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Archive for May, 2011

Okay, I knew the Nazis were into all sorts of pseudoscience in pursuit of their crazy theories (and just to keep Schiklgruber happy) , but setting up a research institute to teach them to speak (real words, not “arf!”), read, and even read minds?

Science!

The dog school was called the Tier-Sprechschule ASRA and was based near Hanover. Led by headmistress Margarethe Schmitt, it was set up in the 1930s and continued throughout the war years.

Rolf, an Airedale terrier, reportedly ‘spoke’ by tapping his paw against a board, each letter of the alphabet being represented by a certain number of taps. He was said to have speculated about religion, learnt foreign languages, written poetry and asked a visiting noblewoman: ‘Could you wag your tail?’

The patriotic dog even expressed a wish to join the army – because he disliked the French.

A Dachshund named Kurwenal was said to speak using a different number of barks for each letter, and told his biographer he would be voting for Hindenburg.

And a German pointer named Don imitated a human voice to bark: ‘Hungry! Give me cakes.’

Dr Bondeson, whose book Amazing Dogs: A Cabinet Of Canine Curiosities is out now, said: ‘It is absolutely extraordinary stuff.

‘There were some very strange experiments going on in wartime Germany, with regard to dog-human communication.’

That last, I think, qualifies as an understatement.

Of course, it would explain that air of dictatorial authority our dogs exhibited whenever they wanted a cookie. Hmmm…

And while this is yet another example of a what a bunch of fruitcakes the Nazis were*, it’s also marvelous material for a “weird alternate history” roleplaying game. Not that I’ve ever considered such a thing

Click through for more Nazi weirdness.

*Albeit, armed, sociopathic, and extremely dangerous fruitcakes.

h/t Moe Lane

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Dana Delaney as "Megan Hunt"

A couple of months ago, I reviewed ABC’s “Body of Proof,” a series starring Dana Delaney as “Megan Hunt,” a female Quincy — a Medical Examiner who solves crimes. Back then, I wasn’t impressed and didn’t think the show had much of a chance.

Well, continuing my hot streak* of guessing which shows will make it and which won’t,  I read this morning that BoP has been renewed:

Debuting very late in the season, on March 29th, the premiere of Body of Proof attracted a 3.1 rating in the all-important 18-49 demographic and 13.94 million viewers. The demo number’s not great but overall viewership is very strong, an indication that the series skews older and is a good match for Dancing with the Stars.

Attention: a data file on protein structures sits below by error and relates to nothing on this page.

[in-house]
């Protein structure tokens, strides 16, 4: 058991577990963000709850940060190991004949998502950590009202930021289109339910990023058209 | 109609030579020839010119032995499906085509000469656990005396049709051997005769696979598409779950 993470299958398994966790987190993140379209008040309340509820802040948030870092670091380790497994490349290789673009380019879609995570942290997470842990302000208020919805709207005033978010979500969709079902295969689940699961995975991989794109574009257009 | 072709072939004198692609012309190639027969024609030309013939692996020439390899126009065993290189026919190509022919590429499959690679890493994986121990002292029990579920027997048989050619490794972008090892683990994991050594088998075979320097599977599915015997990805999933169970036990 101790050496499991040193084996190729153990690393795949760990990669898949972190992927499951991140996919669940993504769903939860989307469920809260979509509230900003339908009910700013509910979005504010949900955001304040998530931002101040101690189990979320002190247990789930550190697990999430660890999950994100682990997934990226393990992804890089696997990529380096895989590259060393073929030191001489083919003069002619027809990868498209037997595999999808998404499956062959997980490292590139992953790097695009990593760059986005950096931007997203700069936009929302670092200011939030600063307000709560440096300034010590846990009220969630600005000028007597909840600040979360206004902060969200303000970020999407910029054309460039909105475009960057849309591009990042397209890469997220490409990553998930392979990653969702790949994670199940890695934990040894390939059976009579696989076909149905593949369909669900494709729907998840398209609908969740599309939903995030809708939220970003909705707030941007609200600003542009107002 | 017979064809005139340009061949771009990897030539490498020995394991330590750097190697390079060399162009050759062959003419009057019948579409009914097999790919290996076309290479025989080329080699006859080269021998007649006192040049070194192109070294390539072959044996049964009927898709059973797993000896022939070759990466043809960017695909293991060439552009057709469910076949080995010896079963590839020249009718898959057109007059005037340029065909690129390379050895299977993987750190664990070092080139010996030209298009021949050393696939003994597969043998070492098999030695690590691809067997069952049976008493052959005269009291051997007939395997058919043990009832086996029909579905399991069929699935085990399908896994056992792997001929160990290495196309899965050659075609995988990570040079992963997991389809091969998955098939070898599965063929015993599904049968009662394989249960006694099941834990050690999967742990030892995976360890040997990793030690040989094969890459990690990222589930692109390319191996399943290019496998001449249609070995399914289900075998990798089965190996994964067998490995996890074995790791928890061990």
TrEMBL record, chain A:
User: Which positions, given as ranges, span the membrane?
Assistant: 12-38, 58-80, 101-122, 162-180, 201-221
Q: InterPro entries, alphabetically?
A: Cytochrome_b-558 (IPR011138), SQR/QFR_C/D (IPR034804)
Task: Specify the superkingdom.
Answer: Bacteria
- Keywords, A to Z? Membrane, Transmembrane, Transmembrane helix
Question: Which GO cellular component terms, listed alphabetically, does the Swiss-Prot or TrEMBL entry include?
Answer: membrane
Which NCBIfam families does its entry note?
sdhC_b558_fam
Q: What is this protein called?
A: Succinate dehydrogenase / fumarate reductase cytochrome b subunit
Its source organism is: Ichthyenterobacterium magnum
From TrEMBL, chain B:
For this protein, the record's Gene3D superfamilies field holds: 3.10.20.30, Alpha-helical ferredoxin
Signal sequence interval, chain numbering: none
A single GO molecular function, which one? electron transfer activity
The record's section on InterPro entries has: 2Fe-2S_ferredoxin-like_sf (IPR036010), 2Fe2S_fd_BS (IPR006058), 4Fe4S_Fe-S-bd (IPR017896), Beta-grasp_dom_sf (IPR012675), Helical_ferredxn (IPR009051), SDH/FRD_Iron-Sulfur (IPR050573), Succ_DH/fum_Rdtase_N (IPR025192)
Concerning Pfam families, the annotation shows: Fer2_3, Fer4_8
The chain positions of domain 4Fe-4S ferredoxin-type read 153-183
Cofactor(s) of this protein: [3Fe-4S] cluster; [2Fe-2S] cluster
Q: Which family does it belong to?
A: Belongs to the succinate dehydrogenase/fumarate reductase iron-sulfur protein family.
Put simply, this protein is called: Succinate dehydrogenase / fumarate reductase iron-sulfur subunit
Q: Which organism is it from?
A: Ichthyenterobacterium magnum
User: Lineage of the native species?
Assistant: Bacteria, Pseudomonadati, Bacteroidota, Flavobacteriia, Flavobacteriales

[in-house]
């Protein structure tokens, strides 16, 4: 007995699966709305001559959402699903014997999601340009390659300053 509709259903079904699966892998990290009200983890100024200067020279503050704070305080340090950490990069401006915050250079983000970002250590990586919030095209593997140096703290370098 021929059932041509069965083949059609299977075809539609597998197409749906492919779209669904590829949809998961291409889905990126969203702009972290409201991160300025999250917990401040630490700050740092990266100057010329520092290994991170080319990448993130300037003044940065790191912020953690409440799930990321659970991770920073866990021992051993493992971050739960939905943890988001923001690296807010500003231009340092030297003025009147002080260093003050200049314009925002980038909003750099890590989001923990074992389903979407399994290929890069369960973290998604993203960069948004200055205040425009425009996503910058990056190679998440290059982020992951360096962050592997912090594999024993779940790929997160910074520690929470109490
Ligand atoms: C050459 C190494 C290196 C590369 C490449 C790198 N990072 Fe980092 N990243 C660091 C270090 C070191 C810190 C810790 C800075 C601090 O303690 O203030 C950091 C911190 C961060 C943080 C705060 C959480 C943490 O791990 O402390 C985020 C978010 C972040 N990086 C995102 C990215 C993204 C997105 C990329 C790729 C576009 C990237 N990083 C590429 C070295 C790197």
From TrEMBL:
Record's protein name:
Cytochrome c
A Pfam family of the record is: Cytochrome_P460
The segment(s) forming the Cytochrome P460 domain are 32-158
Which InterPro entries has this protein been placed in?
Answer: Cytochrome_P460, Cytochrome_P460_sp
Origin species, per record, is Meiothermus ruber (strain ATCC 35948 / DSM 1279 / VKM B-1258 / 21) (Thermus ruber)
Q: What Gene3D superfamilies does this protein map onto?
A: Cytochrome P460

ABC aired the second episode on the following Sunday, likely to try to entice viewers who remember Delany from her Desperate Housewives** days to give it a try. Most weren’t interested and it scored only a 2.0 demo rating and 8.94 million.

The following Tuesday, episode three attracted a 2.4 rating and 11.15 million viewers, a loss of 23% in the demo when compared to the premiere. Subsequent episodes have fallen down to a 2.0 rating. The overall viewership has remained strong however, still pulling in 11 million viewers.

Hollywood worships the 18-49 demographic, to the point that any weakness there usually spells doom for a show. In this case, as the article notes, the overall strength of BoP’s numbers outside that demographic may have combined with the poor performance of the rest of ABC’s lineup of new dramas to give it a second chance — because the network didn’t have much else.

I’m still not impressed with the series, as I wrote in a comment at the site. (Awaiting moderation.) The mysteries are so-so, and the dialog, for example in last week’s episode, is cliché and predictable. Like the article’s author, I don’t expect a season three unless the numbers improve***.

Regardless, congratulations to the cast and crew for the renewal.

*I was wrong about Rizzoli and Isles, too, though the cynic in me thinks that its success is due to the subtext of sexual tension between the two leads, played by Angie Harmon and Sasha Alexander.

**I never knew she was and Desperate Housewives; I remember her from China Beach. I’m getting old…

***Passing question: Why is this show at 10PM? That’s usually the “adult hour” in network programming, with grimmer, more graphic stories told after the kiddies have gone to bed. What’s so grim and adult about this show? The occasional shot of a fake corpse or meat pretending to be a human body part? It sure isn’t the lightweight stories or situations.

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